Tuesday, December 14, 2021

Anatomy, Dissection, and the Chong Mai

I just finished leading two 5-day dissection classes for the University of Tampa Physician Assistant program. While I was teaching ‘standard’ Western anatomy and guiding the student teams through the full body dissection, the Chinese medical channel system was never too far from my mind. I did occasionally share some of this information to the PA students, but it is obviously not the anatomy that they are studying, and I was sparing with this information. Below is one aspect I shared, and something that I got an even better appreciation of: the anatomy associated with the chong mai, or penetrating vessel.

Inferior epigastric artery and vein connecting
into iliac artery and vein.
One of the tables (there were teams of 5 people working on each donor) produced a very similar view to this image on the left. This is created by slowly resecting the obliques, then cutting the rectus abdominis from the pubic bone and resecting it superior. Underneath the rectus abdominis are these vascular structures which are the epigastric artery and vein. There is some complicated anatomy associated with the fascial layers inferior to the umbilicus (look up the arcuate line if you want more information), but suffice it to say that these vascular structures run deep to the rectus abdominis, and that the fascial plane that they run in dives a bit deeper as these blood vessels connect with the iliac artery and vein.

Epigastric artery and vein running
deep to the rectus abdominis

This fascial plane is what I associate with the Spleen sinew channel; it is the fascial plane that runs deep to the rectus abdominis, connects with the anterior diaphragm and then follows the diaphragm around to the crura (attachments on the lumbar spine) of the diaphragm. However, this fascial plane also houses these epigastric arteries and veins. These vascular structures change names as they reach the thoracic cavity, becoming the internal thoracic artery and vein (also called the internal mammary artery and vein), and running along the deep surface of the sternum and anterior ribcage. During dissection, we cut a window through the sternum and ribcage to access the thoracic cavity; when we remove this window and look at the undersurface, these vascular structures are apparent.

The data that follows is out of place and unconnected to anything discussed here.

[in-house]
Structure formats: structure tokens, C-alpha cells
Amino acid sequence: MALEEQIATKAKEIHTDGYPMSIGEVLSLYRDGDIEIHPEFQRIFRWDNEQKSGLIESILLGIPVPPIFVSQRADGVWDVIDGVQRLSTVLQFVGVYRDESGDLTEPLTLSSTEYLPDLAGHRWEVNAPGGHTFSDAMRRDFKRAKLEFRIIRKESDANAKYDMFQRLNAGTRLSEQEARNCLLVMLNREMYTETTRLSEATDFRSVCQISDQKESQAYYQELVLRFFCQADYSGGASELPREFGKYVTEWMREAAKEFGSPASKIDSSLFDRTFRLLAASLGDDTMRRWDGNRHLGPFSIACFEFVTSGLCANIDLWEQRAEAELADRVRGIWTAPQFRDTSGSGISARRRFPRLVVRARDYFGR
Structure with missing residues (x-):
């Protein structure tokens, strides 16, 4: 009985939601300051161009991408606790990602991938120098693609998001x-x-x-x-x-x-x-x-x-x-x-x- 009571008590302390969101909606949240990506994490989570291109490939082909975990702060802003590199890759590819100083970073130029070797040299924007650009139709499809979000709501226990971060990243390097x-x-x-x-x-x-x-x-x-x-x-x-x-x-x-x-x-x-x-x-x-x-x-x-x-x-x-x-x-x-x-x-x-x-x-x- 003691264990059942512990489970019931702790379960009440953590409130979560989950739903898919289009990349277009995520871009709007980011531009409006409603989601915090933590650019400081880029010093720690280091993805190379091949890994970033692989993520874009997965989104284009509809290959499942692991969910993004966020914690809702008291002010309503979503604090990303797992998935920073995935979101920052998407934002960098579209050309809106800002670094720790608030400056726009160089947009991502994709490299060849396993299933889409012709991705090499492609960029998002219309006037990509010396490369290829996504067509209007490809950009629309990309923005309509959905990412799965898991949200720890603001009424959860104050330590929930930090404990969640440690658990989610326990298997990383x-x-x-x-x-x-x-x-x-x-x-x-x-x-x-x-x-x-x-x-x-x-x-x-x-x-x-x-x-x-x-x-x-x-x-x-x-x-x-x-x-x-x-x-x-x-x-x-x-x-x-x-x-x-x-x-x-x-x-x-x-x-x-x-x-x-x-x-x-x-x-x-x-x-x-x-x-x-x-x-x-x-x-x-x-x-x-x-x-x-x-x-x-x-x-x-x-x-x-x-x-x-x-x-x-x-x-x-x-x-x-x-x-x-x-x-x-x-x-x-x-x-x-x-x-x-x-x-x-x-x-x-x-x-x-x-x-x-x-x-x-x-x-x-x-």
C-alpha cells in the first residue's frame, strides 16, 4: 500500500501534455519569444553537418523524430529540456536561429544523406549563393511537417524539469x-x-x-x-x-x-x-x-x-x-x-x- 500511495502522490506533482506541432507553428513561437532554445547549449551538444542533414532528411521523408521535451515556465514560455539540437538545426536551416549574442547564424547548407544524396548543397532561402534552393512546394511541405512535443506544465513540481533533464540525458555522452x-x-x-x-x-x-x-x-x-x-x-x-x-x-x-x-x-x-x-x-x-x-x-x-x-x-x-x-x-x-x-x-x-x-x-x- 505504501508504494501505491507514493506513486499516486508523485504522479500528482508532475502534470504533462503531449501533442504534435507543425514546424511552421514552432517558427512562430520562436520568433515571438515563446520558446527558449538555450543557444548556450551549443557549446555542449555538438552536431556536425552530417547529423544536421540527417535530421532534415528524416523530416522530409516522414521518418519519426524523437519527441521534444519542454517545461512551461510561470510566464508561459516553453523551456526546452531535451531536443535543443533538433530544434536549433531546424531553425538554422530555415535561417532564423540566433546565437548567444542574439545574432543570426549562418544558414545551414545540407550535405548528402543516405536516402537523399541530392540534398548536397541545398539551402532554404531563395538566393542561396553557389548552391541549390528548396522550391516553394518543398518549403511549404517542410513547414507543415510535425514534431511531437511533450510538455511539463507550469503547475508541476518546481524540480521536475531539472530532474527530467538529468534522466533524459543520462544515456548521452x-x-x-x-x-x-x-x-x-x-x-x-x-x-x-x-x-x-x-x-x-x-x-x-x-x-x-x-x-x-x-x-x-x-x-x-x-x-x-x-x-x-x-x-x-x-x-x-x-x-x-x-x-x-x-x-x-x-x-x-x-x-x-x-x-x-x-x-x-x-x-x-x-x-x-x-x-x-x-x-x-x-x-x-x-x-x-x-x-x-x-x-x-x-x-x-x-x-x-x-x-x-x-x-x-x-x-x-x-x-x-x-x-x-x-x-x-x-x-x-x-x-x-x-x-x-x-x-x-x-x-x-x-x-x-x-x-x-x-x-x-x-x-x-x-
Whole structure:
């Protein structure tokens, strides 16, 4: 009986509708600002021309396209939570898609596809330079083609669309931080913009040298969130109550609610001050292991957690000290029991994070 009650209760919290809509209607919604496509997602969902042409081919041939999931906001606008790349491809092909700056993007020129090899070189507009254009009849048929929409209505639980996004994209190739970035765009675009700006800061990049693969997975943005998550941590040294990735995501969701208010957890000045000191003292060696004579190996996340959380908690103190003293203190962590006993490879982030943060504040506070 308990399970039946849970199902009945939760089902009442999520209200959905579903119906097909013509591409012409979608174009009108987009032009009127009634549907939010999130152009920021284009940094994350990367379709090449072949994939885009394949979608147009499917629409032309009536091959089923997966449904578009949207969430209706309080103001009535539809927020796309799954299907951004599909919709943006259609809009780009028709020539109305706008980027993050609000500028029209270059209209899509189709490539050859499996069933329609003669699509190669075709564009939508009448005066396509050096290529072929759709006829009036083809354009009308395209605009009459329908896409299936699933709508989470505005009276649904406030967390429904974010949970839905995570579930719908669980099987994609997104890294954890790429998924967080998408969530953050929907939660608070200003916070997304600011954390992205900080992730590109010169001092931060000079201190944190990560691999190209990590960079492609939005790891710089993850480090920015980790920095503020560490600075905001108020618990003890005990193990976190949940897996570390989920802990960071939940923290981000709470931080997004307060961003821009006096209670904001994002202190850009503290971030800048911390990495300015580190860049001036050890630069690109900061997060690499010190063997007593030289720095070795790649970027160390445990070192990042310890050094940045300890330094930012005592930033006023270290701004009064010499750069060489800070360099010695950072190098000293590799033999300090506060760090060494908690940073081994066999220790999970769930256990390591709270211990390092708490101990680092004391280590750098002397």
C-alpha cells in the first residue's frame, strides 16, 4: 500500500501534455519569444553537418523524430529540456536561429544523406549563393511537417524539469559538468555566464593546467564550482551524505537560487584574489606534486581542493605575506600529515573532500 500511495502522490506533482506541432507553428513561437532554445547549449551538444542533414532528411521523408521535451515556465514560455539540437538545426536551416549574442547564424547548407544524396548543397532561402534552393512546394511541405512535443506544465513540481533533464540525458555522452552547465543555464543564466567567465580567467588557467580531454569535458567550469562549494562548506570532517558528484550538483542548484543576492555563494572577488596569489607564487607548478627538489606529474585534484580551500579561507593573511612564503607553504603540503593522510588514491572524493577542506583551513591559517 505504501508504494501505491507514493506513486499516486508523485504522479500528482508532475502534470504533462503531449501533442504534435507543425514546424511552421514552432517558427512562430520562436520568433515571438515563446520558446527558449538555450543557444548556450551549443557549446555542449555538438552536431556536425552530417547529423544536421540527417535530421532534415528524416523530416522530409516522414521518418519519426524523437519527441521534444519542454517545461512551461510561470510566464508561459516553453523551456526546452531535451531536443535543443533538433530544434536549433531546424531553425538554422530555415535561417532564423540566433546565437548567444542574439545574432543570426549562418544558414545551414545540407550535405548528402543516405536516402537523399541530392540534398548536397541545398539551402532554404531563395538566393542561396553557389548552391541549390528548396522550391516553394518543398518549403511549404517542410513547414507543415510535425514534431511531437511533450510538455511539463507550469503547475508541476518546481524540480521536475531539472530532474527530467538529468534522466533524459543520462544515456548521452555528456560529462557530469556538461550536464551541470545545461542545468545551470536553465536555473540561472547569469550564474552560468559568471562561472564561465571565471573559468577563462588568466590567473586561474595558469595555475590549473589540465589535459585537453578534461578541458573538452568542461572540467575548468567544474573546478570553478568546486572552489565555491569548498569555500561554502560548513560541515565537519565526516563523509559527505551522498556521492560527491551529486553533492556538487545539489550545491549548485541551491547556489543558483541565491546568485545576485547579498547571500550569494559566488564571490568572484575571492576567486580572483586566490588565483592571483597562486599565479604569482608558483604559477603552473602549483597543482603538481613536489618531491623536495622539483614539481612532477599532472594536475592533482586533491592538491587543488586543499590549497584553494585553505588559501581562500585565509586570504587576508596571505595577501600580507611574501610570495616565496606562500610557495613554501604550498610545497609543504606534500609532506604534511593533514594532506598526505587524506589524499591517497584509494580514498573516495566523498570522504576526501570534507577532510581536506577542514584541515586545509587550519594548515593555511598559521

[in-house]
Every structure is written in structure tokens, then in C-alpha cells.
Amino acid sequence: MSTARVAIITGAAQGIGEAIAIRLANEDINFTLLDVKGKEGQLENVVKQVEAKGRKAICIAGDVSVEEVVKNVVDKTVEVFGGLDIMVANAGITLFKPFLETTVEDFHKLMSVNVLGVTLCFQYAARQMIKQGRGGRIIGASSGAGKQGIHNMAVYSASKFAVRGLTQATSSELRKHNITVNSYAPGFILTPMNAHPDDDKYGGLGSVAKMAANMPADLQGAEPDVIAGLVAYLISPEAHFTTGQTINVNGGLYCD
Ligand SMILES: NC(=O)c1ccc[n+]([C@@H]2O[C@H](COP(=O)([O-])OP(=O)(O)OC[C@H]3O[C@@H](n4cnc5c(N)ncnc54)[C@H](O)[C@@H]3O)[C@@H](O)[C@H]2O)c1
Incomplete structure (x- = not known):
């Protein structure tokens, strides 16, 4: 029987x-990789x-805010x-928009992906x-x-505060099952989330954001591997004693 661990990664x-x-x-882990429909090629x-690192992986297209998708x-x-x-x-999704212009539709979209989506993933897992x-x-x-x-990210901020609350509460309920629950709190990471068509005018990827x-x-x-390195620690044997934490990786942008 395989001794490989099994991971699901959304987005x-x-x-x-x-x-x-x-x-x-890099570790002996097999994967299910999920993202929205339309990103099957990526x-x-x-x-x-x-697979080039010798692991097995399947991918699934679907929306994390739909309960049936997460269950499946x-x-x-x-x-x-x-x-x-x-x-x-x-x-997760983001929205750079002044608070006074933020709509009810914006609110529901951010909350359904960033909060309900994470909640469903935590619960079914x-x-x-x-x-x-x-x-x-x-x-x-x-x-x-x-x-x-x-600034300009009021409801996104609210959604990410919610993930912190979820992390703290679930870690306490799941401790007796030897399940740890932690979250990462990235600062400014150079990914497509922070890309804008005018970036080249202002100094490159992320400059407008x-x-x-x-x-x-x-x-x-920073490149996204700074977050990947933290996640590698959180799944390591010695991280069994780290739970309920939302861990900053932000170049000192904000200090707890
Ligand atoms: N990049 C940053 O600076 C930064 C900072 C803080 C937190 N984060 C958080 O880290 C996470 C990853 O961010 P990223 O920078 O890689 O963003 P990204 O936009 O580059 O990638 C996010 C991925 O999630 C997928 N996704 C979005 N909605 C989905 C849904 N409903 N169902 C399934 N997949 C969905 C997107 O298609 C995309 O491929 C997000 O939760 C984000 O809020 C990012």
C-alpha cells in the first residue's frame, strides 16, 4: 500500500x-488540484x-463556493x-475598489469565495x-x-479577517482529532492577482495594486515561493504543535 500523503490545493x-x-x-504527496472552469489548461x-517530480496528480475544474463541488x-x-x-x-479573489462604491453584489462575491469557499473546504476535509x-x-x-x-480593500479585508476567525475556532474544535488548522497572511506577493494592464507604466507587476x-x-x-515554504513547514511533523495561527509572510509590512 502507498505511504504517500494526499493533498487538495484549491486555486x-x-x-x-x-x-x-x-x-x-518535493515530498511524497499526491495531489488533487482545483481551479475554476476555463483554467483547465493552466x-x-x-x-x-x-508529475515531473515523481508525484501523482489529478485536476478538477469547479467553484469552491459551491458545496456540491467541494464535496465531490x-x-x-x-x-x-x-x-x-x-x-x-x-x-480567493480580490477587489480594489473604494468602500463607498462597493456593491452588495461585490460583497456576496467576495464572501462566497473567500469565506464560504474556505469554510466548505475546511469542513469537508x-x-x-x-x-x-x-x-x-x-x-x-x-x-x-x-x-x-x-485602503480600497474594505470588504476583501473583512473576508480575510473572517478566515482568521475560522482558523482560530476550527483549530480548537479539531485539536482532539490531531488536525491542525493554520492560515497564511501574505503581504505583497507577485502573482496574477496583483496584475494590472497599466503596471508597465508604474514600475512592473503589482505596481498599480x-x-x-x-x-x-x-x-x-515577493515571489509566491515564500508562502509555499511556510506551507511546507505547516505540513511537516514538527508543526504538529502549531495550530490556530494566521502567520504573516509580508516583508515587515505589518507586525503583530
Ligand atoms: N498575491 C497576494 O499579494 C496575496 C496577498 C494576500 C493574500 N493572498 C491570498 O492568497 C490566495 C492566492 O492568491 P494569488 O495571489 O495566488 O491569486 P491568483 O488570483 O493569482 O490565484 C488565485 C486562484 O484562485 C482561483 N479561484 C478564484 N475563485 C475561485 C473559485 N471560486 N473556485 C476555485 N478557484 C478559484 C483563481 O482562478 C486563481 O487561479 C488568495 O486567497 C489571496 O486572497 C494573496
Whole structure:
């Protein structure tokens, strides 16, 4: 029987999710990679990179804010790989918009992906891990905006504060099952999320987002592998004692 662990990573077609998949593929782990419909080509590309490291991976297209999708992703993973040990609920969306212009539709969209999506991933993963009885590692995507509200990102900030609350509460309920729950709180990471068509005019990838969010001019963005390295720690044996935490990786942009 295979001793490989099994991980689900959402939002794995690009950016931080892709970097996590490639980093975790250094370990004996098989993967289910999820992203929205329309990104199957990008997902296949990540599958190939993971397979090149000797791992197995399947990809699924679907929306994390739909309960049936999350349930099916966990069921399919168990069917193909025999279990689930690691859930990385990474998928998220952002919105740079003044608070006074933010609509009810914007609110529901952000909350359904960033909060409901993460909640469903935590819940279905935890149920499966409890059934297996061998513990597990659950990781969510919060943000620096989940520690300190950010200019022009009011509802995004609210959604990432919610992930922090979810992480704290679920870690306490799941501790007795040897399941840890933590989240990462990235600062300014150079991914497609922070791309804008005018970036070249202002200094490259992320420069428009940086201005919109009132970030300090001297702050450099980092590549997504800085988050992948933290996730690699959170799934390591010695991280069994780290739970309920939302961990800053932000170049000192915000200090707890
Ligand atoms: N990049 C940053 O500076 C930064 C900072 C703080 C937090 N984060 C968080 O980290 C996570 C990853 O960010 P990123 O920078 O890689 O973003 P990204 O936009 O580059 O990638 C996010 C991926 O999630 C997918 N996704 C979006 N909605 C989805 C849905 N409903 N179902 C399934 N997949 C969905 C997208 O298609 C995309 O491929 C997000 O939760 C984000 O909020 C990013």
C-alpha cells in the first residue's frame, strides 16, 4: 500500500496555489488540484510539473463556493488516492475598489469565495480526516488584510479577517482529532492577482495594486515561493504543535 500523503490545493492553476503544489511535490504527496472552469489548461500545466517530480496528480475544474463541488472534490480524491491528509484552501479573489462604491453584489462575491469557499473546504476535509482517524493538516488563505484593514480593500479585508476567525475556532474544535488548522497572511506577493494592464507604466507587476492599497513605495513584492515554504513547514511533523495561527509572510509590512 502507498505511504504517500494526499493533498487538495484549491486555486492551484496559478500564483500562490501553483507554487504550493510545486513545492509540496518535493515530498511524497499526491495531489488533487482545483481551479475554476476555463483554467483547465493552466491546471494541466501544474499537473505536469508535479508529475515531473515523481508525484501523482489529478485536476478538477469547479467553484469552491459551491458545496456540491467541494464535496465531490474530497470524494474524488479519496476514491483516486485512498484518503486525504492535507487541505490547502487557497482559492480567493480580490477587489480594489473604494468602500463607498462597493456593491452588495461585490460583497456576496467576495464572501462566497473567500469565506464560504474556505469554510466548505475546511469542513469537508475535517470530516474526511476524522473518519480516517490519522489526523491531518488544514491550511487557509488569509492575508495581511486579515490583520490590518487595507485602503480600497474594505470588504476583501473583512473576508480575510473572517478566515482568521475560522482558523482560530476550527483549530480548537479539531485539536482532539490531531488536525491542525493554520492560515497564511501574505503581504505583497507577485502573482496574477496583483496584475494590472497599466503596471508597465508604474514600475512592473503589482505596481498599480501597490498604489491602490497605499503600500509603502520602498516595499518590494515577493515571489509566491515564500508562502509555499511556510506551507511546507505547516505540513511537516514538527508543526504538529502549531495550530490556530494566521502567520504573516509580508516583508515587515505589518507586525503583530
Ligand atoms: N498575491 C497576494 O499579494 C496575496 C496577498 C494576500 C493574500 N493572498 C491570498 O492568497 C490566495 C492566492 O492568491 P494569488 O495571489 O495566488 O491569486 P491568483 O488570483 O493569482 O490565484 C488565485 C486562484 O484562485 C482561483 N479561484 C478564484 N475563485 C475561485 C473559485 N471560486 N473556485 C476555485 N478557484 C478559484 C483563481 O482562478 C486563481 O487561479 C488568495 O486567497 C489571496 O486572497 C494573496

Internal thoracic artery and vein
running just posterior to the
anterior ribcage

Traveling superior, these arteries and veins join with the subclavian artery and brachiocephalic vein. It is not necessary for this discussion to get too detailed about this anatomy, but there is a relationship between these vessels coming from the thoracic cavity and similar vessels in the neck which supply the neck and face.

Collectively, these vessels supply the skin, muscles, and bone on the anterior region of the body, umbilical region, diaphragm, pleura, pericardium, thymus, and important structures of the neck.

Finally, in the thoracic cavity, these blood vessels branch into the intercostal arteries and veins; they drain into the thoracic aorta and a venous structure called the azygos vein, all in the posterior portion of the thoracic cavity and consistent with the posterior branch of the chong mai. Clinically, these vessels act as a collateral circulation for blood movement from and to the heart. If there is obstruction in the aorta, blood will take this collateral circulation route. If the blood is abundant, these vessels can be filled, so they act as a bit of a reservoir.

Go back and review the chong mai with this anatomy in mind and you will see it in an entirely different light. These structures are in the myofascial plane of the Spleen sinew channel, regulated by a Spleen channel point, SP 4, and they clinically match the description and topography of the chong mai.

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Tuesday, May 25, 2021

Pelvic Rotation in Taiji and Qigong

This month we will be focusing on rotation, specifically how this movement involves the innominate bones and the sacrum. I frequently find that, when demonstrating rotation, students often think of the pelvic structure as a block that rotates as a unit. However, the pelvis is quite dynamic and there can be much movement between the two innominate bones which allows sacral rotation to occur. This is seen also with walking or running. The back leg in gait pulls the innominate bone on that side into an anterior tilt, while the forward leg pulls the other innominate bone into a posterior tilt. The entire pelvis is 'twisted' or moves into torsion. 

When the practitioner is in a horse stance or in a neutral stance hip width apart and performs pelvic rotation, this same dynamic occurs, or at least the potential is there for it to occur. This movement will create a rotation all of the way from the feet and potentially upward throughout the body to the head, a movement that takes the joints through their full range of motion in the transverse plane.

We will be exploring this rotation in the Eight Pieces of Brocade, Taiji, Taiji Ball, and even the Core classes this month. Check out the schedule below.

May Taiji and Qigong Schedule








Eight Pieces of Brocade

9:30-10:15am est

Eight Pieces of Brocade

9:30-10:15am est

Core (No Floor)

Strengthening for

9:00-9:30am est

Taiji Ball

10:00-10:30 am est

Core (Floor) Strengthening for Qigong

10:30-11:15 am est

Five Animal Sports 

10:30-11:15am est

Eight Pieces of Brocade

9:30-10:15am est

Five Animal Sports Practice

10:30-11:30 am est

Taiji (Tai Chi)

6:00-6:45pm est


Taiji (Tai Chi)

6:00-6:45pm est







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